In a previous study (M.Sc. FAPESP grant #2013/05084-8), it was observed that anesthesiologists who worked in a university hospital are exposed to high trace concentrations of currently used inhalation anesthetics (halogenated isoflurane, sevoflurane, desflurane, besides nitrous oxide) and show genetic instability, cytotoxicity and changes in cell proliferation, detected by the buccal micronucleus assay. Therefore, considering our results regarding the deleterious effects of chronic occupational exposure to anesthetics, the present study aims to elucidate the possible toxicity mechanisms of waste anesthetic gases. Thus, several markers will be analyzed for oxidative stress (oxidative damage in nucleic acids, lipid peroxidation, antioxidant capacity, nitric oxide metabolites, individual antioxidants, homocysteine and folate), inflammatory response (proinflammatory interleukins - IL-6, -8 and -17, high-sensitivity C-reactive protein and hepatic enzymes), and genes related to oxidative stress (hOGG1 and XRCC1) and inflammation (IL-6, IL-8 and IL -17), as well as telomere length, which will be determined by molecular biology (real-time quantitative PCR). The results from anesthesiologists will be compared to the control group (physicians without occupational exposure), who will be matched by age, sex and lifestyle. There is a possibility of the candidate to have a Ph.D. Sandwich at the Jean Mayer USDA Human Nutrition Research Center on Aging, Tufts University (Boston, MA) in collaboration with researchers who have extensive experience in the area of antioxidants and oxidative stress.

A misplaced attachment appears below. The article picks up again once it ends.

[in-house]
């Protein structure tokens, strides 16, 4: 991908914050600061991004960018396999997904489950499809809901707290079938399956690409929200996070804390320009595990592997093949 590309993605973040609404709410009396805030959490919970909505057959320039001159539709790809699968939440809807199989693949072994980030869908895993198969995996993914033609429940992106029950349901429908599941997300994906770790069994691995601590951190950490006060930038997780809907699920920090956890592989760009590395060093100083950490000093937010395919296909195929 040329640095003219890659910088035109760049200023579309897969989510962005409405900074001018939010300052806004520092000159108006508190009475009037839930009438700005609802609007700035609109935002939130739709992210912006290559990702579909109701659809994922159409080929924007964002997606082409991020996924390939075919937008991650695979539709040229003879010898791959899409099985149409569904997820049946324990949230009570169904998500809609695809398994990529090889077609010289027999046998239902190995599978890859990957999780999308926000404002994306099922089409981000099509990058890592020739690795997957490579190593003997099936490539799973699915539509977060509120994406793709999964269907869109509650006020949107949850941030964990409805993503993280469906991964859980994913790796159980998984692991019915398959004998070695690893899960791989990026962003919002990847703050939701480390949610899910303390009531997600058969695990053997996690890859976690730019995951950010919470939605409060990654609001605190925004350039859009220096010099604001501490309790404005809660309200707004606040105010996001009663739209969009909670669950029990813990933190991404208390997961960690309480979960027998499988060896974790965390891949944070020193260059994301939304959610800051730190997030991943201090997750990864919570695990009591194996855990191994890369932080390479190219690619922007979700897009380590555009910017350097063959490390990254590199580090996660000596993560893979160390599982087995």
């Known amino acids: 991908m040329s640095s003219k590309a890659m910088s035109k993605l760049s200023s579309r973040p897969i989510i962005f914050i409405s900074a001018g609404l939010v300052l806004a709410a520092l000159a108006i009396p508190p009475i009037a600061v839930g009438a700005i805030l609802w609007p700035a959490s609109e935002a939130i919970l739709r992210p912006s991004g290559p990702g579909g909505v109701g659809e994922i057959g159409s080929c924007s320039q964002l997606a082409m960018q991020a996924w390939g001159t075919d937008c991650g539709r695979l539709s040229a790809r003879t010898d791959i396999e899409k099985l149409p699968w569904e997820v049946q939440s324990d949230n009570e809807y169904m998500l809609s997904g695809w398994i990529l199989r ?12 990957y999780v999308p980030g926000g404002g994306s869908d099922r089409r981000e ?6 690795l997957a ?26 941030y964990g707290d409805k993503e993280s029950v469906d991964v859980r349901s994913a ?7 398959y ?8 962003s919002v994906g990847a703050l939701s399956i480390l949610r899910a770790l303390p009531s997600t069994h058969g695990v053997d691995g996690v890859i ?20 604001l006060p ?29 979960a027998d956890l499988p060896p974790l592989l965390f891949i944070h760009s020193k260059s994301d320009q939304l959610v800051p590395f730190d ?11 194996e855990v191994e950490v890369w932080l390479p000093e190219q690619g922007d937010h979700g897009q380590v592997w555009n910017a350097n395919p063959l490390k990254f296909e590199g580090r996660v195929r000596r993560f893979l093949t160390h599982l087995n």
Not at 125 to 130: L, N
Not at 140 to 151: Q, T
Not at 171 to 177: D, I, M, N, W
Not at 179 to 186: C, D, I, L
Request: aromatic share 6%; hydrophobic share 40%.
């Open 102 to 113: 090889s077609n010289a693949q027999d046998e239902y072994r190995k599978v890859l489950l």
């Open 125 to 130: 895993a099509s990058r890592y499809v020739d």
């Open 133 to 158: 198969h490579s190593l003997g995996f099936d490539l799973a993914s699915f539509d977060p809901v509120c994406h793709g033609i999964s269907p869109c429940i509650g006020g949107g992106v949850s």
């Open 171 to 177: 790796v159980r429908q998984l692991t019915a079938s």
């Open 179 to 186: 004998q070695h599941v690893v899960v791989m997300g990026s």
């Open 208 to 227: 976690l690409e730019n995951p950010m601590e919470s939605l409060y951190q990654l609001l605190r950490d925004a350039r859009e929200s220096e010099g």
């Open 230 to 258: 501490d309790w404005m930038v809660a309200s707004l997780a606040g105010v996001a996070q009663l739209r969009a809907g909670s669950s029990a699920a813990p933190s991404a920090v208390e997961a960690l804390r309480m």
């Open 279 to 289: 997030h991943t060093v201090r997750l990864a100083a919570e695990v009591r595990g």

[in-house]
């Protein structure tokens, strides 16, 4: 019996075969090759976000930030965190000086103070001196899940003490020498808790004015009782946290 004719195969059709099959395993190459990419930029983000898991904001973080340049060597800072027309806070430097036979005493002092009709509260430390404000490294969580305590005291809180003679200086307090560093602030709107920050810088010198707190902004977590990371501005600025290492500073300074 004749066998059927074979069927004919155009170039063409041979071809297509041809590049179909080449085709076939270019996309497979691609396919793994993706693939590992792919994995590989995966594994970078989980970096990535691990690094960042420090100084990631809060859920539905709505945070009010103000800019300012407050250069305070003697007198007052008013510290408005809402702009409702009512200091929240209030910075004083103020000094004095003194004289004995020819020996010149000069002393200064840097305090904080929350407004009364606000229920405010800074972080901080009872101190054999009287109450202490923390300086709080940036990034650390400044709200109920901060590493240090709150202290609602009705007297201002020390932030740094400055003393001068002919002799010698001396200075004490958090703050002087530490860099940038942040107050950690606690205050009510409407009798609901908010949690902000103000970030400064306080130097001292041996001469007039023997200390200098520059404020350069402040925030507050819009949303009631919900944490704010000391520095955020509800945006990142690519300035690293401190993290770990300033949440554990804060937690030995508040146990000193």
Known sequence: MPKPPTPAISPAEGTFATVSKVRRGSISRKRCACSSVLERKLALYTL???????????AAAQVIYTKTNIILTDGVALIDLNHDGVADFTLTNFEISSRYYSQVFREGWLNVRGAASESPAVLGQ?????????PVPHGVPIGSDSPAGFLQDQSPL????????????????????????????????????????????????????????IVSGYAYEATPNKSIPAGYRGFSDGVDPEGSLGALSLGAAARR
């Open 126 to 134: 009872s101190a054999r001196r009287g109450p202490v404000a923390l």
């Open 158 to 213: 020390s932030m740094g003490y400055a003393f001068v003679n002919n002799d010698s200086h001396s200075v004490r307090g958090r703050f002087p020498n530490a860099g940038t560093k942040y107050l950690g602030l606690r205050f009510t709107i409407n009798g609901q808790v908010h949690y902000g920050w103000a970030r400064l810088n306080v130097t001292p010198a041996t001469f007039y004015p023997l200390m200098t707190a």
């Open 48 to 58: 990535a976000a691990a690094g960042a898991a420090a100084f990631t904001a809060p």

News published in Agência FAPESP Newsletter about the scholarship: